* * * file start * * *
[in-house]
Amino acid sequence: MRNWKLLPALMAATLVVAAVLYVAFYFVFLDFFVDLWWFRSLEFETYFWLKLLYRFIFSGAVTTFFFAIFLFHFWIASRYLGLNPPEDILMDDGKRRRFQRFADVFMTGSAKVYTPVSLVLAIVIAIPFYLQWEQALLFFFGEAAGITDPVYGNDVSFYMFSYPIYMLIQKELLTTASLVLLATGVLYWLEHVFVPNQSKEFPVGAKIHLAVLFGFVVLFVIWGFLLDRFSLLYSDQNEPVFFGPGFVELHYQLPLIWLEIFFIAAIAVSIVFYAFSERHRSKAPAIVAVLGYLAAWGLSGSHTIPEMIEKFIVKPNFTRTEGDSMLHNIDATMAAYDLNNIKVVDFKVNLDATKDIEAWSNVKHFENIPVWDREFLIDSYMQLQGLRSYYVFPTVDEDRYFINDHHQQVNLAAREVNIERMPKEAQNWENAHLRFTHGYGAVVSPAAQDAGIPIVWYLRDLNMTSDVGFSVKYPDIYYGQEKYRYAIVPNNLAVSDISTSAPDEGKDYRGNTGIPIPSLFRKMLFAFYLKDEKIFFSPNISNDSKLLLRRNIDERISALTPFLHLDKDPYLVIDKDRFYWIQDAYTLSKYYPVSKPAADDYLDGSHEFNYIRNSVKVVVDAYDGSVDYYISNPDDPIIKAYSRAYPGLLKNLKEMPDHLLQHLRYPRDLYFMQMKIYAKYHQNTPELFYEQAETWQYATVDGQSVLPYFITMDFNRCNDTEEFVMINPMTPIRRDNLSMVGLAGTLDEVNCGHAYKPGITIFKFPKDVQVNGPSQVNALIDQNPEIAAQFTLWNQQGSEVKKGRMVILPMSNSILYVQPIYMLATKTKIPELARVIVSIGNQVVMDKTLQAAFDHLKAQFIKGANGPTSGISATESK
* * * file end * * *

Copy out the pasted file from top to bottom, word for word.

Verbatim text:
[in-house]
Amino acid sequence: MRNWKLLPALMAATLVVAAVLYVAFYFVFLDFFVDLWWFRSLEFETYFWLKLLYRFIFSGAVTTFFFAIFLFHFWIASRYLGLNPPEDILMDDGKRRRFQRFADVFMTGSAKVYTPVSLVLAIVIAIPFYLQWEQALLFFFGEAAGITDPVYGNDVSFYMFSYPIYMLIQKELLTTASLVLLATGVLYWLEHVFVPNQSKEFPVGAKIHLAVLFGFVVLFVIWGFLLDRFSLLYSDQNEPVFFGPGFVELHYQLPLIWLEIFFIAAIAVSIVFYAFSERHRSKAPAIVAVLGYLAAWGLSGSHTIPEMIEKFIVKPNFTRTEGDSMLHNIDATMAAYDLNNIKVVDFKVNLDATKDIEAWSNVKHFENIPVWDREFLIDSYMQLQGLRSYYVFPTVDEDRYFINDHHQQVNLAAREVNIERMPKEAQNWENAHLRFTHGYGAVVSPAAQDAGIPIVWYLRDLNMTSDVGFSVKYPDIYYGQEKYRYAIVPNNLAVSDISTSAPDEGKDYRGNTGIPIPSLFRKMLFAFYLKDEKIFFSPNISNDSKLLLRRNIDERISALTPFLHLDKDPYLVIDKDRFYWIQDAYTLSKYYPVSKPAADDYLDGSHEFNYIRNSVKVVVDAYDGSVDYYISNPDDPIIKAYSRAYPGLLKNLKEMPDHLLQHLRYPRDLYFMQMKIYAKYHQNTPELFYEQAETWQYATVDGQSVLPYFITMDFNRCNDTEEFVMINPMTPIRRDNLSMVGLAGTLDEVNCGHAYKPGITIFKFPKDVQVNGPSQVNALIDQNPEIAAQFTLWNQQGSEVKKGRMVILPMSNSILYVQPIYMLATKTKIPELARVIVSIGNQVVMDKTLQAAFDHLKAQFIKGANGPTSGISATESK